How To Bear-Proof Your Food

There are a number of ways to protect your goods from bears while on the trail and at the campsite, where the bears a most likely to be attracted to since that is where you open your food to cook and eat.

Bear canisters are specially designed containers to help bear-proof your food! In some states in the US and national parks, if you are entering bear territory, it is mandatory to carry not only your food but also any goods that have a strong odor in a bear canister.

While these canisters may not mask the smell of the food completely, the bears will not be able to gain access to the contents and therefore, will not associate people with an easy meal.

Another option is a bear sack, which is a sack that is made from a material that a bear cannot bite or claw, though. Some areas that require bear canisters will not allow bear sacks as an alternative, so you will have to check with local authorities before you go out.

Bear canisters are great, but they are bulky and add extra weight to your backpack. Bear sacks are lighter but are not allowed in some areas.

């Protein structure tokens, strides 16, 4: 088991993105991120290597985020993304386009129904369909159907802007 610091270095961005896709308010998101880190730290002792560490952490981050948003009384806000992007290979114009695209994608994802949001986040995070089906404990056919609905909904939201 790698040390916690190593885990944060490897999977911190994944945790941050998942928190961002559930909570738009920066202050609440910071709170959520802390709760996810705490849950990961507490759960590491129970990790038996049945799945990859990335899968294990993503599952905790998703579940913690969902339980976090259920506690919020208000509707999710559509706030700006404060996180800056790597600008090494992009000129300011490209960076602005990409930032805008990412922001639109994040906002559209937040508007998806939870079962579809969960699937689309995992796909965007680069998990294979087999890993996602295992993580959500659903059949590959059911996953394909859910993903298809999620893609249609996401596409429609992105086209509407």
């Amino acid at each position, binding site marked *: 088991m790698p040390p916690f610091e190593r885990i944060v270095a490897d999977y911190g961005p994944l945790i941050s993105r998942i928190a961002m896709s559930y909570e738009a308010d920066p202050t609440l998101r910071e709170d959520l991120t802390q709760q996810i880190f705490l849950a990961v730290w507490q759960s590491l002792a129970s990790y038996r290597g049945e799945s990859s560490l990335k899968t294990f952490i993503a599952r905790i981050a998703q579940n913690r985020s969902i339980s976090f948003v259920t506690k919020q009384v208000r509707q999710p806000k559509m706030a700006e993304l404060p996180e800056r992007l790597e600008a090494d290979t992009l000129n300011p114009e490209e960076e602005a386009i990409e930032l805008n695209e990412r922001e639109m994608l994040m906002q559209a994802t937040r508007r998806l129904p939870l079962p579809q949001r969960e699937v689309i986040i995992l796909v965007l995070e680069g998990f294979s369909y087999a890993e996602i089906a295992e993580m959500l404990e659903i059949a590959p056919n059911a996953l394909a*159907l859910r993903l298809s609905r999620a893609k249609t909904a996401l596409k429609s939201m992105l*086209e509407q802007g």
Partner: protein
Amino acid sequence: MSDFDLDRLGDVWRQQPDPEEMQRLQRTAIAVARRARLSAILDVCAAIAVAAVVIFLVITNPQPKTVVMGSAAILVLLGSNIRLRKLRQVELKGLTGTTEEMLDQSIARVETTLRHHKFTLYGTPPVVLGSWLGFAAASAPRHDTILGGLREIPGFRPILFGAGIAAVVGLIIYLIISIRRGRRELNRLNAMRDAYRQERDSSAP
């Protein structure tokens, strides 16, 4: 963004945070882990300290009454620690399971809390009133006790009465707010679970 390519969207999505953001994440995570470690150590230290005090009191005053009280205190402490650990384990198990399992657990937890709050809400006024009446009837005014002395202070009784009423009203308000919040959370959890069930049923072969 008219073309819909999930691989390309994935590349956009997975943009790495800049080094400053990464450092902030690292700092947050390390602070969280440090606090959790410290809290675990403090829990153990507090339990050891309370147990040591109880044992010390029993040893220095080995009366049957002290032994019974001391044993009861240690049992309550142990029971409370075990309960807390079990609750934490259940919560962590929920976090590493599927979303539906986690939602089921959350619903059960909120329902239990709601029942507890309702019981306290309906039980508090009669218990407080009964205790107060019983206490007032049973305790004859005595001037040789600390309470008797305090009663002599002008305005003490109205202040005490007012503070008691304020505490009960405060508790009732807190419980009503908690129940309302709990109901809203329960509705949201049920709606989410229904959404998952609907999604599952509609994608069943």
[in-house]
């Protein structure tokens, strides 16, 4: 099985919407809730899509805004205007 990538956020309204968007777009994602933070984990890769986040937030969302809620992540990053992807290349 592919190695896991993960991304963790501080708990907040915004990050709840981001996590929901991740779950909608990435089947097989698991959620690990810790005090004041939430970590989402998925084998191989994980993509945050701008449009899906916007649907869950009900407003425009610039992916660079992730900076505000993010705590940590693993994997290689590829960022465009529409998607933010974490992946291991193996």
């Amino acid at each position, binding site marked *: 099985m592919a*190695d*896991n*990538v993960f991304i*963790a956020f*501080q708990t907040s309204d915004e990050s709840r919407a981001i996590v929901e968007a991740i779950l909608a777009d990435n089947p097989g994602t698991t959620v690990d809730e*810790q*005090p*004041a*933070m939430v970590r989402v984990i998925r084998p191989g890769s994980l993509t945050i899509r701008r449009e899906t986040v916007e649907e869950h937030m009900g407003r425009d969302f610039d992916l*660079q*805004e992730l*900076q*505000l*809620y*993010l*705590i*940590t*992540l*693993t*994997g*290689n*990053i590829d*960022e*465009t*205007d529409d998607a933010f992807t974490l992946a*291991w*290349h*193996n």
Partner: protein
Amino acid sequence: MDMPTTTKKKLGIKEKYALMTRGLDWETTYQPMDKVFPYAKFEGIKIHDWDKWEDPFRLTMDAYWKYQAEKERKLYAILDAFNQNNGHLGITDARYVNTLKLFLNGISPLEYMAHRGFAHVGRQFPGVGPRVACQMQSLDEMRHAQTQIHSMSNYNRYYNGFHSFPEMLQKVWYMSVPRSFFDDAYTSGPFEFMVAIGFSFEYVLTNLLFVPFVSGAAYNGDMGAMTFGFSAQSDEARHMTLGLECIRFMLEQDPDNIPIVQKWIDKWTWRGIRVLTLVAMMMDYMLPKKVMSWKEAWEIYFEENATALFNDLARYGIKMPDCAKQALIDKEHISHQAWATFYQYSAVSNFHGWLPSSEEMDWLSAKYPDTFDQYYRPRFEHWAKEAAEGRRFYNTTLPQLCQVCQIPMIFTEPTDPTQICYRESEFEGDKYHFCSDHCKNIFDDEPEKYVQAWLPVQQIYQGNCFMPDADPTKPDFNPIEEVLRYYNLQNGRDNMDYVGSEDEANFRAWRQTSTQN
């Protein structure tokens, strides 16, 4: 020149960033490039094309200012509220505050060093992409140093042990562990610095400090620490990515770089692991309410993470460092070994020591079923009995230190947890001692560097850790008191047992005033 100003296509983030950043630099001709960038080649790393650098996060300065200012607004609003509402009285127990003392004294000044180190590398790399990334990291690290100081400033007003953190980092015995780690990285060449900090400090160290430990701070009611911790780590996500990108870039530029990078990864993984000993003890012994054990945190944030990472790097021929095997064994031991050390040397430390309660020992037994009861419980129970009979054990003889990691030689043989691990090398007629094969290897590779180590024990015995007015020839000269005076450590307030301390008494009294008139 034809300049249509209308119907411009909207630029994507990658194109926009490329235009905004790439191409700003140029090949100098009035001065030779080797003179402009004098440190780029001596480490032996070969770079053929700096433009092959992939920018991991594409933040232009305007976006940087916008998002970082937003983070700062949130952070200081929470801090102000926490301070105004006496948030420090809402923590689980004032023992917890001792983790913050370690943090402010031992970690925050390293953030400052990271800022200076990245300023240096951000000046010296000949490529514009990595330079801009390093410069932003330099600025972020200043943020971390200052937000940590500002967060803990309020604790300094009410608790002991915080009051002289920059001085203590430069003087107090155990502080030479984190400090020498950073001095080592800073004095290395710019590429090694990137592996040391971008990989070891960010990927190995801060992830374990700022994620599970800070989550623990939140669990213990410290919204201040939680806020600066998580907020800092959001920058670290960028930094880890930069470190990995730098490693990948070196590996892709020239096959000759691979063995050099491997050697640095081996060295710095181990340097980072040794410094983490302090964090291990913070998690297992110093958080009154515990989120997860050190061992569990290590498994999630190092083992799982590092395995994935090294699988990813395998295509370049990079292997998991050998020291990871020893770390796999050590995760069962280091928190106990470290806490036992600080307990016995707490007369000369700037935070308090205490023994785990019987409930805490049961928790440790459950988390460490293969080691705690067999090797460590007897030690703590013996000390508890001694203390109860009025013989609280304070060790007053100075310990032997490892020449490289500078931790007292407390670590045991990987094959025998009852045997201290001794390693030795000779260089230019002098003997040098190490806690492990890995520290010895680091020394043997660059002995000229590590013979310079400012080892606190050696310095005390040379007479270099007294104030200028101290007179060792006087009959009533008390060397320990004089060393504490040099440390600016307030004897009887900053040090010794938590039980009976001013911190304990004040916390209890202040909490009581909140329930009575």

The important thing to remember when we visit the wilderness is that we are visitors in the region. If we want to preserve the wilderness and its wildlife for others to enjoy in the future, we need to be responsible and take the necessary precautions to protect the environment.

If this means you need to carry a little extra weight in your backpack, I reckon the trade-off is worth it!

Bears can smell way better than most people realize, so don’t take unnecessary risks in the outdoors that could put your life or the life of the bears in jeopardy! Protect your food and your gear in a bear canister or a bear bag!